Profound Healing Happens Here
Thanks to you, a California couple found the strength to battle a rare cancer far from home.
“It’s time to get up, love.” My husband, Cam, kissed me gently and nudged me awake. “The lab results came back. The doctor wants to see us.” I gave him a groggy, quizzical look—What?! I had expected to sleep in that morning—a few more precious minutes to recover from a long summer trip before I returned to teaching the next day. But his words yanked me back to reality.
I’ll never forget the moment. Mesothelioma, the pernicious cancer caused by exposure to asbestos, was about to turn our lives inside out.
Cam’s cancer was a rare kind of an already rare disease. And there were no doctors near our home city of Los Angeles who could give him the treatment he needed. So we started a nationwide search for a surgical oncologist who was expert at performing the terribly complex procedure. Through what I’m convinced was the mercy of God and the universe, we found Dr. Edward Levine at Wake Forest Baptist Medical Center.
Looking back, I can hardly believe we lived the experiences to come:
The eight-hour surgery that invaded most of Cam’s vital organs. Heated chemo solution applied directly to his abdominal tissue. Total kidney failure followed by agonizing dialysis sessions and then life-threatening allergic reactions. Ugly infections and near-death moments so frequent they blurred into one another.
But we survived it, in no small part because of the amazing SECU Family House.
From the moment we walked through the doors of our beautiful home away from home—full of Southern charm, comfy furnishings, and a spirit of genuine caring—we knew the universe was going to take care of us. Initially, Cam was in the hospital for three weeks, and I slept on a cot in his room. But our moms and Cam’s brother flew cross-country to support us and stayed at the Family House. Each night, they soaked up the encouragement and love of the families and staff there, and then burst into the hospital room the next morning with a new dose of hope. Finally, Cam and I transitioned to the Family House for a couple weeks so he could gather enough strength to fly home. And we found everything we never dreamed we’d need:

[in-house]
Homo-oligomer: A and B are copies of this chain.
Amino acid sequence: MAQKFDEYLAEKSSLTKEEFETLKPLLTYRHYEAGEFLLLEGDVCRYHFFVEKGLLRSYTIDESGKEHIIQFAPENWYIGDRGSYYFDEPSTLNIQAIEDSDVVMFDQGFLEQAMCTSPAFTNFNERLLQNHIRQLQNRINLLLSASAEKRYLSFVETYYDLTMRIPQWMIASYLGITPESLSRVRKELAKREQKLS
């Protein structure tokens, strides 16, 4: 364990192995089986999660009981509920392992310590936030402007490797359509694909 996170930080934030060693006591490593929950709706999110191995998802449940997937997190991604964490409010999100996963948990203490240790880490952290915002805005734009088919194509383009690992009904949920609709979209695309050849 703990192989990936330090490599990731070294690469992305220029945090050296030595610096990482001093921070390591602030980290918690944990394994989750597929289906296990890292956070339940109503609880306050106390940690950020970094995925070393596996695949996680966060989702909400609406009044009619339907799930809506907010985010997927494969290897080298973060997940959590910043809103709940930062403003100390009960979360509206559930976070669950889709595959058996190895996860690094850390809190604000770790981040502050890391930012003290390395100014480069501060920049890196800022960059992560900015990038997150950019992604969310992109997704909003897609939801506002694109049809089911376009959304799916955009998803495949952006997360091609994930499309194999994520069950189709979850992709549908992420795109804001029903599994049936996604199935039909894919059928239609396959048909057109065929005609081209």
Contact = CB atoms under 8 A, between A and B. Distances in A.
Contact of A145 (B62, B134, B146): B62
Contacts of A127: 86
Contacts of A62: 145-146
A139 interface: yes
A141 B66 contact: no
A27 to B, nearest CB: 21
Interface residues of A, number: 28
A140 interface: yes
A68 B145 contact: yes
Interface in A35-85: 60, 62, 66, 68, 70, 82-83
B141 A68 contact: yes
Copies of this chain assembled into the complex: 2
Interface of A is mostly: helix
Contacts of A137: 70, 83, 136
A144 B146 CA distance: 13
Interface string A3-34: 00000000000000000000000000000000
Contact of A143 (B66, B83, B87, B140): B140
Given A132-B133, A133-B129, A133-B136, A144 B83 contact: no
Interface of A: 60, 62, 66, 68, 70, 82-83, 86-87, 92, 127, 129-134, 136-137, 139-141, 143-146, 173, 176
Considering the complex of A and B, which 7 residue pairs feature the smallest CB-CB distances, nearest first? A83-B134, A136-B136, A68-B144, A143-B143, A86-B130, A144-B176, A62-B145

- A kitchen where I could store and prepare kidney-safe food anytime of day.
- Amazing volunteers who brought in meals and solace and constant smiles when we thought we might never smile again.
- Fellow travelers on arduous medical journeys who became fast and loyal friends.
- Gracious staff ready 24 hours a day to give practical help, caring hugs, and comforting words.
- A spacious, serene room that eased Cam’s long days of recovery and gave him a retreat after brutal dialysis sessions.
And all with more convenience and less cost than we could have found anywhere else. Four years have now passed since that first call from the doctor, and sometimes it feels like the sleepy, confused fog of that morning is just now lifting. I’ve learned that healing is much more than the medical care delivered in hospitals and doctors’ offices. Profound healing—both in body and soul—happens in places like the Family House, where patients and caregivers and staff cross paths and share their experiences, fears, hope, and love.
Thank you, volunteers and donors.
The Family House is sunshine—an inextinguishable beacon of light that still inspires and comforts us. If every community could have a SECU Family House, we could burn away the fog of a million difficult days.
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